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It pays to do the right thing. Honestly!

Several years ago, while attending an educational conference at a large hotel and conference center, I met with a colleague to discuss a committee issue. We found an onsite coffee shop, quickly resolved our concerns and were off to our next class. 

Later that evening it occurred to me that we were in such a hurry neither of us paid or left a tip. I returned to the coffee shop to pay but the manager refused to accept my money. He did, however, take my tip to give to the waitress. 

My friends laugh at me when I tell this story. But in life, it doesn’t matter if it’s a cup of coffee or someone’s fortune. Right is right and wrong is wrong and although unintentional, I did wrong.

In the business world, you can read articles almost every day about companies taking shortcuts or doing something illegal. In my mind, Enron is the poster child for what a business should not be.

The fact is, at some point in time I believe there’s been fraud or corruption at just about every level of government. You may recall the U.S. House check writing scandal of the 1990s or Senator Proxmire’s annual report listing several examples of the government’s misspending of taxpayer money.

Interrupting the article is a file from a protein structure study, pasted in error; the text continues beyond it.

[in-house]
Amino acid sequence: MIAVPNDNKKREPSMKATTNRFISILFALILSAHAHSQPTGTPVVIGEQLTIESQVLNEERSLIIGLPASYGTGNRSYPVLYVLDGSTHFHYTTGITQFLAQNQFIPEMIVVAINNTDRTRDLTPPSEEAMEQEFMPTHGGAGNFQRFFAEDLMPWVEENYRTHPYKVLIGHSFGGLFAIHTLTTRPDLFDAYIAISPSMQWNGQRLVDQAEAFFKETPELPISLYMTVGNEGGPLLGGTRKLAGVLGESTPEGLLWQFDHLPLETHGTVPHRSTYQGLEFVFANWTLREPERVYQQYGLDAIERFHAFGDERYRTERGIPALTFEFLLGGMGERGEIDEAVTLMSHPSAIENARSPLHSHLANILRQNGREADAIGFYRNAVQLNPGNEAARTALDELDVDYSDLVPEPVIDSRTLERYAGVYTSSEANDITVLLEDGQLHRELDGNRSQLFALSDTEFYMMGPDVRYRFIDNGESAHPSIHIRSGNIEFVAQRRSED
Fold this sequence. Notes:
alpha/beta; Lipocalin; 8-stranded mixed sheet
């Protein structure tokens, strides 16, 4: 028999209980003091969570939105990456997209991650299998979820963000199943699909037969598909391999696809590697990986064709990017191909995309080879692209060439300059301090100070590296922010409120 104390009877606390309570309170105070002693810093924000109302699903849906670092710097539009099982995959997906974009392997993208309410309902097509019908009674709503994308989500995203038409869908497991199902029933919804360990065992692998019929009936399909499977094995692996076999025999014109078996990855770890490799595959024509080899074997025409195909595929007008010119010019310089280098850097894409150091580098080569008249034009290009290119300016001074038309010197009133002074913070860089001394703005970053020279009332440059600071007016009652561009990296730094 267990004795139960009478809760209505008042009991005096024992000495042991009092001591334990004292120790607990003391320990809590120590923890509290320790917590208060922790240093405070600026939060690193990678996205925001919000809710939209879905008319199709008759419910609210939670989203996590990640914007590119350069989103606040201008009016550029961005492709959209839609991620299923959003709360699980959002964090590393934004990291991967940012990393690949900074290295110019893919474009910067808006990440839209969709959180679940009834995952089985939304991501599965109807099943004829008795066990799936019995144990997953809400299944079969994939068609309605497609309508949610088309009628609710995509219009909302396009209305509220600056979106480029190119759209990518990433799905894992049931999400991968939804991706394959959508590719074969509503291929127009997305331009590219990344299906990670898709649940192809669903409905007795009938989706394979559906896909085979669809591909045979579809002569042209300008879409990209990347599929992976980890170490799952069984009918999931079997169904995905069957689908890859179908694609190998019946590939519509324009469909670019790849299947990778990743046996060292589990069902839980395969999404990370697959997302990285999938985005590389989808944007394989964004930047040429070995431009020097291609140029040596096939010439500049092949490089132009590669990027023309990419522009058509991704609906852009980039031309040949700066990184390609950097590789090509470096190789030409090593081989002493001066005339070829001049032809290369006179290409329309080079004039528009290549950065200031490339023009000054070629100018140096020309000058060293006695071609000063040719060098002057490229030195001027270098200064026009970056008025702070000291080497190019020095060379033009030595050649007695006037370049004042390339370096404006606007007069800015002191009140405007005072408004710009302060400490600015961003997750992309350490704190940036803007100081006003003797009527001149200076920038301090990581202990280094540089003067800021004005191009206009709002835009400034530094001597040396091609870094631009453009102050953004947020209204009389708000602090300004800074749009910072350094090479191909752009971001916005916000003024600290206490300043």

In my lifetime we’ve had two presidents impeached and I wouldn’t be surprised if we see additional presidential impeachments in the years to come.

Since business and government have a history of fraud, it’s no wonder people love sports where the playing field is level. Sports are our escape from the day-to-day pressures of life. They’re supposed to be pure, honest competition, where the best team or athlete wins.

When I was growing up, I thought the only scandal that ever occurred in sports was the historic throwing of the World Series in 1919. But then, local hero Alex Karras was suspended a year for betting on NFL games. Thereafter, it seems like sports only became more flawed and troubled.

One of my favorites, Pete Rose aka Charlie Hustle, has been banned from entering the Baseball Hall of Fame for sports betting. Baseball stars that were breaking home run records were later found to be taking drugs. In the world of cycling, illegal drugs ruined the reputation and career of Lance Armstrong. And a few years back some NBA referees were banned for illegal activities.

Currently, we have perhaps one of the biggest scandals of all. The World Series has once again been tarnished because the champions cheated by stealing signs. I could go on and on, but the point is that sports, our escape from the everyday pressures of life, are far from perfect.

During the course of the regular season, the NFL has random drug testing for players, but other than an occasional violation, I’m not aware of any major scandal in the league. 

Lets hope that we don’t find out in the future that today’s Super

Bowl was flawed or corrupt. I hope whoever wins has players who prove to be be good, honest role models for our children.

Whether it’s business, government or sports there’s no place in society for shortcuts, drug enhancement or cheating. As a financial advisor I can’t stress enough that honesty is always the best policy.